By William Breazeale, Ph.D.

In the 21st century, the collecting and study of 18th century German drawings has become a major focus for American museums. One of the finest such collections has been in California for nearly 150 years. The forward-thinking purchase of German drawings by E. B. Crocker during the family’s European tour from 1869–1871 brought a superb resource to Sacramento, from Baroque altarpiece designs to Neoclassical mythologies. Representing artists from Dresden to Bremen, the collection provides a panorama of German draftsmanship throughout the century.

Johann Georg Bergmüller’s Baroque design (top) is a preparatory drawing for an altarpiece that survives in the small town of Tannheim in southern Germany. It is most likely the drawing shown to the patron for approval since the scene, which depicts many saints clustered around Saint Martin petitioning the Virgin and Child, was changed somewhat in the final version. Bergmüller makes the multifigured composition more legible through the use of color.

Johann Heinrich Wilhelm Tischbein, Ajax Abducting Cassandra , n.d. Brush and reddish-brown washes and white opaque watercolor over graphite, 10 3/8 x 8 7/16 in. Crocker Art Museum, E. B. Crocker Collection, 1871.1007.

Johann Heinrich Wilhelm Tischbein's Neoclassical version of the story of Cassandra and Ajax shows the renewed attention among artists to ancient sculpture later in the century (above). The stage-like setting, with figures in action against a neutral background, resembles a Roman relief, while the pose of the prophetess Cassandra, who grasps the statue of Athena as Ajax starts to carry her away, is based on the famous sculpture then known as the Letto di Policleto.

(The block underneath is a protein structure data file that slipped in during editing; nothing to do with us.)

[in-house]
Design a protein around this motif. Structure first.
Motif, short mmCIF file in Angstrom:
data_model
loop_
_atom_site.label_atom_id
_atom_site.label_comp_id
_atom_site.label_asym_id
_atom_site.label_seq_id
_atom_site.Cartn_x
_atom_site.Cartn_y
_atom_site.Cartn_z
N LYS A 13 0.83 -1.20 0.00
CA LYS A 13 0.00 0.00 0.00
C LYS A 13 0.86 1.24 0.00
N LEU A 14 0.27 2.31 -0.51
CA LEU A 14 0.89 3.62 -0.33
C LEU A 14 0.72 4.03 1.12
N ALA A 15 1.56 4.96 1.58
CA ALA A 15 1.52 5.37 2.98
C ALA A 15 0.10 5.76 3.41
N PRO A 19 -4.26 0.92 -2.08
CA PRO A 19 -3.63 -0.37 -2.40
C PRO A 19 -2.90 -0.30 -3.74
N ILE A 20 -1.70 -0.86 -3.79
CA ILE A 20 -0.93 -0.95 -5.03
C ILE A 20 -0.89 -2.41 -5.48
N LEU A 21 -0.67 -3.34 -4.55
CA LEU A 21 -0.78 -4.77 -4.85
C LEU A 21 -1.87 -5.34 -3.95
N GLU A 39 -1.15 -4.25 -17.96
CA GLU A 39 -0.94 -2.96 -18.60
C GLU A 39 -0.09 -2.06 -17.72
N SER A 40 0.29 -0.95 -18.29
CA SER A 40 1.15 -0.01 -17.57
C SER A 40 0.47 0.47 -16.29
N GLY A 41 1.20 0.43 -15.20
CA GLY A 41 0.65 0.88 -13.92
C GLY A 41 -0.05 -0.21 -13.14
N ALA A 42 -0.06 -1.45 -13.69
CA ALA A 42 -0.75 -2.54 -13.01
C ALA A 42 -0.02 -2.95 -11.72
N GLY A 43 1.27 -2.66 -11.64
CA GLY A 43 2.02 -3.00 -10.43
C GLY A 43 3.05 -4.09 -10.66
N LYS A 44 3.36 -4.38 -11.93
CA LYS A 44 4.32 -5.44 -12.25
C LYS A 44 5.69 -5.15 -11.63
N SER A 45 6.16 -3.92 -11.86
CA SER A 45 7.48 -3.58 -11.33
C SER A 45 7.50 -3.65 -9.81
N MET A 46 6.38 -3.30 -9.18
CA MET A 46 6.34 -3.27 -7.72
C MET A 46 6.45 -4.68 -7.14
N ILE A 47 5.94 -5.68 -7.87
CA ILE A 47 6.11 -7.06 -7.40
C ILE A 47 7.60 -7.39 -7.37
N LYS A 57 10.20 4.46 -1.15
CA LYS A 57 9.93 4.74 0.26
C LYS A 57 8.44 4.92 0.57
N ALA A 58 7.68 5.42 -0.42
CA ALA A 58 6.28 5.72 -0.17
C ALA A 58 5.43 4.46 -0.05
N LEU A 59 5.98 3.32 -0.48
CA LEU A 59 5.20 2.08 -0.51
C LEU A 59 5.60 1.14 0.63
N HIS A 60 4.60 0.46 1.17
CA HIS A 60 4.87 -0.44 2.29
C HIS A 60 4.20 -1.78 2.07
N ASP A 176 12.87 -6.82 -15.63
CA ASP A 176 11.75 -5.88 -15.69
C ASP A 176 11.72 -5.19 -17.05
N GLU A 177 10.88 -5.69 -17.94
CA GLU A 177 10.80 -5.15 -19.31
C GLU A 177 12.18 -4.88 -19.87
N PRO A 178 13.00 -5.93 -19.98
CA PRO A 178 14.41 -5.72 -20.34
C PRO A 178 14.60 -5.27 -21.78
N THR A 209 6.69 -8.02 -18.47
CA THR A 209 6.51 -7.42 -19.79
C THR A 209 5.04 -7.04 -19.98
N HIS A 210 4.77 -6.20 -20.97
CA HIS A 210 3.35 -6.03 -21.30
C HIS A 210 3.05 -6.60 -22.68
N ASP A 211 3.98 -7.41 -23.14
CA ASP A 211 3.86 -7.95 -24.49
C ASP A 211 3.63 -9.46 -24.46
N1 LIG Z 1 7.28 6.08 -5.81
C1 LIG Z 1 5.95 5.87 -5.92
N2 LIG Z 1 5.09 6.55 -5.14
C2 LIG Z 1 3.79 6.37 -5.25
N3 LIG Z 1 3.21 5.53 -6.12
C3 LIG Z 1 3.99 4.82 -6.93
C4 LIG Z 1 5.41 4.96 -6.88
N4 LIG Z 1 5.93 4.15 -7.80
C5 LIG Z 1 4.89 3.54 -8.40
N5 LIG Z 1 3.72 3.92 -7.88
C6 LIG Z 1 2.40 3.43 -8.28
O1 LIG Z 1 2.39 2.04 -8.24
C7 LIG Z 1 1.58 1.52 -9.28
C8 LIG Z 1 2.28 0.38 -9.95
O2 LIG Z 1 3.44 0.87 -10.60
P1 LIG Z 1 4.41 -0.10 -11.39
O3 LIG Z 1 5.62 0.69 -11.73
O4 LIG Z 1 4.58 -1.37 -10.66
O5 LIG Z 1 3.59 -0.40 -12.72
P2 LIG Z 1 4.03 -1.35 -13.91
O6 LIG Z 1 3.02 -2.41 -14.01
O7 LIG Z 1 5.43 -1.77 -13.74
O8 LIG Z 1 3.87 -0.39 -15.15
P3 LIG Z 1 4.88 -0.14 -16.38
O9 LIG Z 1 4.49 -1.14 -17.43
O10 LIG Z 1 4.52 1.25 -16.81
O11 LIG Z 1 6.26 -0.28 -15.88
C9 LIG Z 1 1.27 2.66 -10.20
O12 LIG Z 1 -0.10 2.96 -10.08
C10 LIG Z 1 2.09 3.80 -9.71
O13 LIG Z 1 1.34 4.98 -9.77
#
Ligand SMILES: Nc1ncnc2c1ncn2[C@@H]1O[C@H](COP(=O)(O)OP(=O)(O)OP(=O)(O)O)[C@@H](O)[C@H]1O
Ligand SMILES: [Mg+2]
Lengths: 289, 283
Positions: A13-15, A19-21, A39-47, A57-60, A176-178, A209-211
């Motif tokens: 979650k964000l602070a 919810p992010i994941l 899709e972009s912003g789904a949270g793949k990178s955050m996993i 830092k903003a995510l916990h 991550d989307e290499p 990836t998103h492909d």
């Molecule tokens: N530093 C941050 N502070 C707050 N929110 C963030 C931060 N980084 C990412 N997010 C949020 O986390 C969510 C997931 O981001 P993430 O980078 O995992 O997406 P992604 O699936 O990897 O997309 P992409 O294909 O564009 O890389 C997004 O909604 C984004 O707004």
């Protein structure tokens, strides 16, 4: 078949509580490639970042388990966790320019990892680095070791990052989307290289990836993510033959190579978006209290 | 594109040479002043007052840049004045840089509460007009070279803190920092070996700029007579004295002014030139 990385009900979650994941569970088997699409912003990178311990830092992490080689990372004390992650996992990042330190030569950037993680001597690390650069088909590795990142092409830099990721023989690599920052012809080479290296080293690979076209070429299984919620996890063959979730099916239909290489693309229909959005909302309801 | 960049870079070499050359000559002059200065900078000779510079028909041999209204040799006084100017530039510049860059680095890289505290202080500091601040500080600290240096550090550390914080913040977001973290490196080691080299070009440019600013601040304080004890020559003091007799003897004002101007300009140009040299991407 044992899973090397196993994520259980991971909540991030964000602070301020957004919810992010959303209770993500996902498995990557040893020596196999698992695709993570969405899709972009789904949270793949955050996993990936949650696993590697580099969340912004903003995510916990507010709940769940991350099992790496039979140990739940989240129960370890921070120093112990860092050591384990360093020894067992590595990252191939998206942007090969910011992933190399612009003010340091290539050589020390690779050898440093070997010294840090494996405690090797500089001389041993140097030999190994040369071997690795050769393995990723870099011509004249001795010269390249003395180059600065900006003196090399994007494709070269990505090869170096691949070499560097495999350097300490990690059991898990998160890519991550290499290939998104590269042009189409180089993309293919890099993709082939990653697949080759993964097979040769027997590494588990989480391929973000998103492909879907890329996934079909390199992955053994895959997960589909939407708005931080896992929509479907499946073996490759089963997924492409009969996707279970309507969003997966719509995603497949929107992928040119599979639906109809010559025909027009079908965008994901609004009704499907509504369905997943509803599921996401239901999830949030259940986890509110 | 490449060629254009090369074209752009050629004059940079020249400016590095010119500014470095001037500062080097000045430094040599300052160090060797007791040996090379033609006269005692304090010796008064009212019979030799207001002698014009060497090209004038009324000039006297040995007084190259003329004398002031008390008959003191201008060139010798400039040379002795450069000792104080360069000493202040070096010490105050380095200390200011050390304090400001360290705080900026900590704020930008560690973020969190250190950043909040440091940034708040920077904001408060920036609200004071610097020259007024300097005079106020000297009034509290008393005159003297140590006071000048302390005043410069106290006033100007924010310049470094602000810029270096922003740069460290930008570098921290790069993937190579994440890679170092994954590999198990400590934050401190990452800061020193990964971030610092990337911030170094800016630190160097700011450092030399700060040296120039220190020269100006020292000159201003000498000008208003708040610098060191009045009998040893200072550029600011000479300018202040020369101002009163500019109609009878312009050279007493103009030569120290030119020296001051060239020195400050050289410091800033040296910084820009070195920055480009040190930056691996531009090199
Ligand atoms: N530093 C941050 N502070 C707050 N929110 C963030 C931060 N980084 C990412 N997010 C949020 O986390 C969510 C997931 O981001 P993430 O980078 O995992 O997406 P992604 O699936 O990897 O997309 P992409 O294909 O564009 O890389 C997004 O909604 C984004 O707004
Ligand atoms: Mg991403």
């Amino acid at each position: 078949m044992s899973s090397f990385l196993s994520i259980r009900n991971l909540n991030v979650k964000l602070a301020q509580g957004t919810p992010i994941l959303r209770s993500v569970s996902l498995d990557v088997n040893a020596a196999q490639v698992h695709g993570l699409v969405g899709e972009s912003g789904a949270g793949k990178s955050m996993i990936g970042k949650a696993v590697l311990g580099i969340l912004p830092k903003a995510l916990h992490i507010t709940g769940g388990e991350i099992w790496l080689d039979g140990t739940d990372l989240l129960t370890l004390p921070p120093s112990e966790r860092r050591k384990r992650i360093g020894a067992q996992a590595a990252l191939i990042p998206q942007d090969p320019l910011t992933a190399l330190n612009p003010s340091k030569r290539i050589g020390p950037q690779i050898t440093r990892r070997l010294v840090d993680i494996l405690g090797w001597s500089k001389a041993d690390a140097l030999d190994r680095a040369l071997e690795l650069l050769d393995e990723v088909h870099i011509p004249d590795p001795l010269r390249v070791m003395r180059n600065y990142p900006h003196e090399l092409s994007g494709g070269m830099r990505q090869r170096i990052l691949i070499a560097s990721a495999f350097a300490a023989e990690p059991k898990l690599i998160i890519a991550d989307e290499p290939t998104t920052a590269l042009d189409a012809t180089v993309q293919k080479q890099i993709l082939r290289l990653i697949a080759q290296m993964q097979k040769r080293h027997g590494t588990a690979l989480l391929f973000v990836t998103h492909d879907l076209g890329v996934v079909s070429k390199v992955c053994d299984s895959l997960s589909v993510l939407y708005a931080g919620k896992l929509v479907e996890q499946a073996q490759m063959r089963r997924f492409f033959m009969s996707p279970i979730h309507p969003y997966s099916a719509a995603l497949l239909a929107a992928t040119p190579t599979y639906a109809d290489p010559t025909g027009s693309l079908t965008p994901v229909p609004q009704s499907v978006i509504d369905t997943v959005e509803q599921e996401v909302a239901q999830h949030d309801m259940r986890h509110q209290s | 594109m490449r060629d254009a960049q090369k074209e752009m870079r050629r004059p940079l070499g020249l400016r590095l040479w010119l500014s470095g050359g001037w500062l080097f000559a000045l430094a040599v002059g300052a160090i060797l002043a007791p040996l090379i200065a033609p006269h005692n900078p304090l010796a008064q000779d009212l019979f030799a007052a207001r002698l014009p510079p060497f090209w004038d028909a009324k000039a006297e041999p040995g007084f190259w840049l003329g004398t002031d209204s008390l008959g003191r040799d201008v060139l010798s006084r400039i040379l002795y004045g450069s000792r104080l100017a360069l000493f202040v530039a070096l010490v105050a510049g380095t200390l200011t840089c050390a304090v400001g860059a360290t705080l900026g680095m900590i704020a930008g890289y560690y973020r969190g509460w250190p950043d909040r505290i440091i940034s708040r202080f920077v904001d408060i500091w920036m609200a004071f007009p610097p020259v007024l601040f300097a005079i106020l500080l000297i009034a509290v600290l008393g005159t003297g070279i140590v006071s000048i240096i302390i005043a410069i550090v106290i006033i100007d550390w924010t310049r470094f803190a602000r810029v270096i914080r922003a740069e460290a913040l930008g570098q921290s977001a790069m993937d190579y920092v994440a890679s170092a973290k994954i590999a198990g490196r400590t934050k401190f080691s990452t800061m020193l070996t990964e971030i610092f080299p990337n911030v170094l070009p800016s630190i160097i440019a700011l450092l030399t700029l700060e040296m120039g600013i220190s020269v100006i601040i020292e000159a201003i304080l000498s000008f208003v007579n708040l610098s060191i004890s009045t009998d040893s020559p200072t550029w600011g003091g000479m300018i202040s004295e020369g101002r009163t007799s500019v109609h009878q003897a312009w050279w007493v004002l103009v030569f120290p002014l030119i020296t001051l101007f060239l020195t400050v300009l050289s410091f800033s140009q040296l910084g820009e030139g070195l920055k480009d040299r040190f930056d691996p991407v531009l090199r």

Johann Gottlieb Prestel, Self-Portrait, n.d. Black chalk, brush and black ink and gray wash, white chalk on blue laid paper, 12 1/4 x 8 7/8 in. Crocker Art Museum, E. B. Crocker Collection, 1871.581.

The 18th century was a time of transition, focused on both innovation and tradition. Seemingly quite modern, Johann Gottlieb Prestel’s self-portrait (above) bypasses convention to achieve a direct, unmediated likeness. Well-placed slashes with brush and black ink define the features below his wig, which Prestel delineated first by black chalk lines. Less modern but just as dynamic, Johann Wolfgang Baumgartner's Lazarus and the Rich Man (below) epitomizes the florid Augsburg Rococo with its swooping curves and curlicues. A unique artistic moment specific to this German city, the Augsburg Rococo looked both to the Baroque past and to foreign influences.

Johann Wolfgang Baumgartner, Lazarus and the Rich Man, n.d. Pen and dark-brown and gray ink, brush and point of brush and grayish washes and white opaque watercolor on blue laid paper, 7 1/8 x 11 9/16 in. Crocker Art Museum, E. B. Crocker Collection, 1871.77.

A wide variety of subjects are represented in the show, from the satires of Johann Elias Ridinger and Daniel Chodowiecki to the Classicizing dramas of Anton Raphael Mengs. Landscape artists are especially well represented, including Johann Georg Wille, printmaker to the French King Louis XV, who influenced generations of artists also in the show.